This is a frustrating and difficult journey because there is so much waste and so few people who are willing to take the time to go through it and place value on what is found. As with any effort at preserving narrative information, we must deal constantly with volume fatigue. If meaningful information came along at a manageable rate, we could do just fine utilizing it in some productive capacity. When we are going through 1,500 kilos of waste a week, things can get a little more difficult. We have learned that there are three ways of reducing the effects of volume fatigue in socially responsible waste management projects. First we must learn to have compassion for ourselves and recognize our own limitations. No one’s interests are served if we push ourselves too far, get sick, get hurt, or emotionally burn out. Second, we need to reach out to encourage others to join us in this process of salvaging information from the waste stream. The core of our mission is social transformation. At heart we are agents of social change, inviting others to re-think core questions of relevance and irrelevance. Each of us has the capacity to determine that the information in lost human narratives has value. As we share this message of human transformation, people come to join us and support us in our work. Third, in our work we have discovered that we can always do a little bit more. We can always reach a little deeper and try a little harder to appreciate the flood of lost information that surrounds us.
While frustrating, this is also a tremendously rewarding process. After working in this way for a few years we have begun to see our work as an exercise in mindfulness. While it is difficult to describe, something positive happens inside a person when they manage to connect with the life narrative of another person. When we can witness and appreciate some small element, some fragment of a person’s life, we are restoring meaning where meaning was lost. We are making meaning where there was none. For us, the practice of making meaning is the very definition of art.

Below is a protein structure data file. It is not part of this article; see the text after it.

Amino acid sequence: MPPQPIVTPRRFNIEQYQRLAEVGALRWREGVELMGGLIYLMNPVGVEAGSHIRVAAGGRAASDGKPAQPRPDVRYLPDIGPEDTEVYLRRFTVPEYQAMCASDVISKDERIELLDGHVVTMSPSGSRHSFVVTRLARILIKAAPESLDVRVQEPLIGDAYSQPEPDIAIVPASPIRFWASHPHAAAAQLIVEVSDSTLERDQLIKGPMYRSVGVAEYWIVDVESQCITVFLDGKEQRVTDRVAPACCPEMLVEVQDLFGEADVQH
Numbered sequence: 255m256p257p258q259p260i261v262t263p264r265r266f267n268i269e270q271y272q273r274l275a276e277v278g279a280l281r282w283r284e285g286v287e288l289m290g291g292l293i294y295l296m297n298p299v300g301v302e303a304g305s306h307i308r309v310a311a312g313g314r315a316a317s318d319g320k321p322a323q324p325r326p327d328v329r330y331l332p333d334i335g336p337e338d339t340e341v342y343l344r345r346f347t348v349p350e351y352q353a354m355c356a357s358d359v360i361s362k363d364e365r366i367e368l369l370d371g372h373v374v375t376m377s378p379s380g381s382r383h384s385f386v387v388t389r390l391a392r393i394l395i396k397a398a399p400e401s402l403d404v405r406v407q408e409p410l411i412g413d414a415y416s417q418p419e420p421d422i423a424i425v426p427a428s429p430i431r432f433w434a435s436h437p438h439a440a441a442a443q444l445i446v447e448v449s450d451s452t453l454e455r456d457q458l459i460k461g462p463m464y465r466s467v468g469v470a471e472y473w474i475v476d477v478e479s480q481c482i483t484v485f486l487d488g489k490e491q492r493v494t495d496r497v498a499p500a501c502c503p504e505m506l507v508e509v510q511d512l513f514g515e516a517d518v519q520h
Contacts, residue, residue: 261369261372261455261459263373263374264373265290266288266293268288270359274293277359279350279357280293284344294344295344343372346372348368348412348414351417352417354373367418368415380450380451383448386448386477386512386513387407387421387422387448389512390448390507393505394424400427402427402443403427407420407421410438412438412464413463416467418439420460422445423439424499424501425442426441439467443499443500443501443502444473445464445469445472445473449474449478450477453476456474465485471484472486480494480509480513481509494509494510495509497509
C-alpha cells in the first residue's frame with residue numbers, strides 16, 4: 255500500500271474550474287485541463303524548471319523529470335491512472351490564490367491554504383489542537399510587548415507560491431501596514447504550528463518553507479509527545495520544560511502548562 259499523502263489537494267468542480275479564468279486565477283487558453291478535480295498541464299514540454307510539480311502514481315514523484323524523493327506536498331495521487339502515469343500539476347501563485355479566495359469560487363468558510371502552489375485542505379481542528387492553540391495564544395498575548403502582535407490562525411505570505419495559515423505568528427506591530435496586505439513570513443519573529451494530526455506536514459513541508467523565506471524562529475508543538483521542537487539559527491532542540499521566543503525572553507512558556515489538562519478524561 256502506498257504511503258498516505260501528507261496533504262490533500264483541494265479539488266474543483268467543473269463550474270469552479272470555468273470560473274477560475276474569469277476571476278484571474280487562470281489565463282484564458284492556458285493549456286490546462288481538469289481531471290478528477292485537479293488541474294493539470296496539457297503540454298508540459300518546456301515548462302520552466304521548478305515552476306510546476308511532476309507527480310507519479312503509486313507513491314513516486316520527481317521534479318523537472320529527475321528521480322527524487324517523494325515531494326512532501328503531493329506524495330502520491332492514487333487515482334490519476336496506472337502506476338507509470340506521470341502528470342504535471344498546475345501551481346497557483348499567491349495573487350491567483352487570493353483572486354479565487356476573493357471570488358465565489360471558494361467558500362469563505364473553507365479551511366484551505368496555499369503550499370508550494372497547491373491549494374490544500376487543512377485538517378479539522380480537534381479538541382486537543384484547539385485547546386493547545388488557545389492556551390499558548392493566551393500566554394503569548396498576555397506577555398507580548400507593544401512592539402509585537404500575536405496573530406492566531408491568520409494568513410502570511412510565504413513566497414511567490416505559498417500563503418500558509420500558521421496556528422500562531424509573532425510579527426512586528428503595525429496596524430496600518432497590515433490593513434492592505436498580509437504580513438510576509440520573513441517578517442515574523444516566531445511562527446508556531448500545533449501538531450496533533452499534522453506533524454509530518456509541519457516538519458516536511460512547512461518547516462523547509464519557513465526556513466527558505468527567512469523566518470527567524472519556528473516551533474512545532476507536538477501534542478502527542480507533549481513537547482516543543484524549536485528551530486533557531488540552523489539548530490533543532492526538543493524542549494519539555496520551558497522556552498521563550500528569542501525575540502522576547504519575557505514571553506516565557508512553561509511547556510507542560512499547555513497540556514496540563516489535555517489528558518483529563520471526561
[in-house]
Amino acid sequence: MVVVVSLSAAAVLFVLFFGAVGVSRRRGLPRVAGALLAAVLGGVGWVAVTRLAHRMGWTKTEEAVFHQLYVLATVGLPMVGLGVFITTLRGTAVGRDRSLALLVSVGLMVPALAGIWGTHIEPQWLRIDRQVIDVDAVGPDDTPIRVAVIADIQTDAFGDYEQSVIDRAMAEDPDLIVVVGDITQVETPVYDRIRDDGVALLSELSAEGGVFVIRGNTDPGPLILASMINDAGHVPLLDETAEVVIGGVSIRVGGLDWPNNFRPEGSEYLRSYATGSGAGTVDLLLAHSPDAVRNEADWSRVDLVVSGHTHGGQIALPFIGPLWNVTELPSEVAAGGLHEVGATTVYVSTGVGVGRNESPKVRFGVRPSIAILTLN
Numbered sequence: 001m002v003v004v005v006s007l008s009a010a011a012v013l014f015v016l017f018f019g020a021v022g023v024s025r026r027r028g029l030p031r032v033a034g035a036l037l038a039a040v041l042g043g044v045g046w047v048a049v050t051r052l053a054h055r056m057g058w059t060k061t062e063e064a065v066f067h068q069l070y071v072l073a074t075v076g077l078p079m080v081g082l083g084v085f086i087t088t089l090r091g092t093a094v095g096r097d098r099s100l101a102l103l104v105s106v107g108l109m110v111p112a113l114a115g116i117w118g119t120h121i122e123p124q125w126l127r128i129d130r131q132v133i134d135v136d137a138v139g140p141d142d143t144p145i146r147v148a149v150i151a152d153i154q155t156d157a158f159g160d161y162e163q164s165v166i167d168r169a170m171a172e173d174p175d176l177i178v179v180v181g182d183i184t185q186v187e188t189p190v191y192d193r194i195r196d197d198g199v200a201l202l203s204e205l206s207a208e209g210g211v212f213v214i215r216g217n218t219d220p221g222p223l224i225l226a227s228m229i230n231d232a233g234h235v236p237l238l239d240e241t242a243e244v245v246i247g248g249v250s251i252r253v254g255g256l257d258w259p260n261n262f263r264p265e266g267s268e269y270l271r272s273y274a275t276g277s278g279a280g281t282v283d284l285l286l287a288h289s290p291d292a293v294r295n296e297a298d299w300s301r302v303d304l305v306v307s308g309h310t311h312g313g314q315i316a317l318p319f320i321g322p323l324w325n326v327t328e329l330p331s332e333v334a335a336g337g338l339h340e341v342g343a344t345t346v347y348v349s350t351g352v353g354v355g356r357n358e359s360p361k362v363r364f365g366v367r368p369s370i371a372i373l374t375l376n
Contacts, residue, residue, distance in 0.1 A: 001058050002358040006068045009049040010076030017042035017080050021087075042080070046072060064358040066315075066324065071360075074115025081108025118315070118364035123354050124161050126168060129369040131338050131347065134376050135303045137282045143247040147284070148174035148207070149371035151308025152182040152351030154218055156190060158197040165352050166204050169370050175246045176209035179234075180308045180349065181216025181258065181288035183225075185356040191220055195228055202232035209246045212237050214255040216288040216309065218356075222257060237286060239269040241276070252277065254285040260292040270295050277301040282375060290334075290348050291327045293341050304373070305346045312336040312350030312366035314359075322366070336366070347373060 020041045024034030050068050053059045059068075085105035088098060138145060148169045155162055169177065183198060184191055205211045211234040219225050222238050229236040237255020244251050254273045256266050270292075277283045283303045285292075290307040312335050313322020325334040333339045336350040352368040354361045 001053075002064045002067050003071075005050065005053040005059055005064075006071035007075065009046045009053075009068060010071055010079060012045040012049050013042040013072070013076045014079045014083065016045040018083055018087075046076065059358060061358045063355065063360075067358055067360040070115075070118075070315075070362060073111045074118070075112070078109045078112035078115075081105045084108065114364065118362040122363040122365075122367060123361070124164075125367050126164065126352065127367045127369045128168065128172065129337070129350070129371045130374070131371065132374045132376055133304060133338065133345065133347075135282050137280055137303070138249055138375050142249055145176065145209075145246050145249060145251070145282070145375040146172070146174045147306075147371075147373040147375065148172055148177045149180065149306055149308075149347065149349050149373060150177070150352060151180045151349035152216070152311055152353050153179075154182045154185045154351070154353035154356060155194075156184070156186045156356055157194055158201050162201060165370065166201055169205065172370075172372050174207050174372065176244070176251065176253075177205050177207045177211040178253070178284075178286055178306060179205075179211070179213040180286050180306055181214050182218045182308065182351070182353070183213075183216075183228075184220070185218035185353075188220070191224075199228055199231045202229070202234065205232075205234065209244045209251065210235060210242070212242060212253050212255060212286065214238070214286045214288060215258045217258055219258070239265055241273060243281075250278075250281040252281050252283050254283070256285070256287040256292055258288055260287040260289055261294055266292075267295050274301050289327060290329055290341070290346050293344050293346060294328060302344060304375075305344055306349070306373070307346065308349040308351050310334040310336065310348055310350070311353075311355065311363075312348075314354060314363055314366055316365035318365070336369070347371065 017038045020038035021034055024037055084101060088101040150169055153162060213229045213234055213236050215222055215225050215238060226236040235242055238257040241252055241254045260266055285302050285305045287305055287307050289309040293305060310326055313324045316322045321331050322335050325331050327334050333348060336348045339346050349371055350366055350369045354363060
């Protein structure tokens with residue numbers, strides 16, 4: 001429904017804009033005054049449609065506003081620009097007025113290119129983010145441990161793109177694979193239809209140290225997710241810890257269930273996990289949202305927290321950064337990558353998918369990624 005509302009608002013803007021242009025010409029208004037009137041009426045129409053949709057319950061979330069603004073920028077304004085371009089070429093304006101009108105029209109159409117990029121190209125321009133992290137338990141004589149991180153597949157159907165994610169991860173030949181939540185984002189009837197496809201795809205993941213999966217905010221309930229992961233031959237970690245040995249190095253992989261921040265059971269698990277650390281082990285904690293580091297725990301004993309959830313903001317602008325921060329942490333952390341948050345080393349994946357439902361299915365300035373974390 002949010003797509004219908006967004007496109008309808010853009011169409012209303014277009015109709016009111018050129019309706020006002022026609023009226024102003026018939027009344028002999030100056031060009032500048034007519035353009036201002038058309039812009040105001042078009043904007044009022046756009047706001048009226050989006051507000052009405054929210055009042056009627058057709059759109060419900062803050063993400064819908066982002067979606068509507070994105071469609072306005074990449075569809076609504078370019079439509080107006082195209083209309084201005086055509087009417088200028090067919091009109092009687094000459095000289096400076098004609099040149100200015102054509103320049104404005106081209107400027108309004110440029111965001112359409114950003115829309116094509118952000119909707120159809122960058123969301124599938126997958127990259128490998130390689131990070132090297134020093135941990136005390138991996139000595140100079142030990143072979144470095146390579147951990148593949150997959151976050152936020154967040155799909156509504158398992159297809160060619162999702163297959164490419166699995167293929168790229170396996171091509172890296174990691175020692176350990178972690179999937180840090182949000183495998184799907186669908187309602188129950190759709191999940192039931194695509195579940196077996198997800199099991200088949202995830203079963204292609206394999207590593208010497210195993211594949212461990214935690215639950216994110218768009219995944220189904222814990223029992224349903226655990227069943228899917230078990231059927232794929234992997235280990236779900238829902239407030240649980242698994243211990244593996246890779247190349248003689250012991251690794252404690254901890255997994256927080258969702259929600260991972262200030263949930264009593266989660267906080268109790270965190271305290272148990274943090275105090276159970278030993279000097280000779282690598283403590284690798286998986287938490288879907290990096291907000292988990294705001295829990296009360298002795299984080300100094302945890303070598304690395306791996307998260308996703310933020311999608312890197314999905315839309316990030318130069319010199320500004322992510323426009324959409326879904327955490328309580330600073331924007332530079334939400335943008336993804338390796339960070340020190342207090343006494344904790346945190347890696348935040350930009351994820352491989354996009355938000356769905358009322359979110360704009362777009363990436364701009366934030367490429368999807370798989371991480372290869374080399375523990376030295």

Permanence is only an illusion. Everything is in the process of becoming something else. Even archival information which may seem cut and dried can change into something else if it is perceived in a different context, from a different perspective, in a different time or in a different space. Even fixed, printed information is changing over time along with everything else. While a text may say the same thing, its meaning, its interpretation, and its significance will change according to the social context of the person who reads it.
The lesson we have learned is that information is not separate from the natural world. We can choose to see all our information as something like a beautiful matrix surrounding us like the calcium compounds of a coral reef. Information is something we humans produce by our nature. At the risk of sounding crass, we ingest, digest, and excrete information. In a sense, information makes us who and what we are. If we see that there is no separation between us and nature, we can see that in nature there is no waste. Everything is on its way to becoming something else. As natural objects change they decompose. They break down into their component compounds and elements. This is the way nature assures the conservation of energy. Everything in nature eventually breaks down and then becomes something else.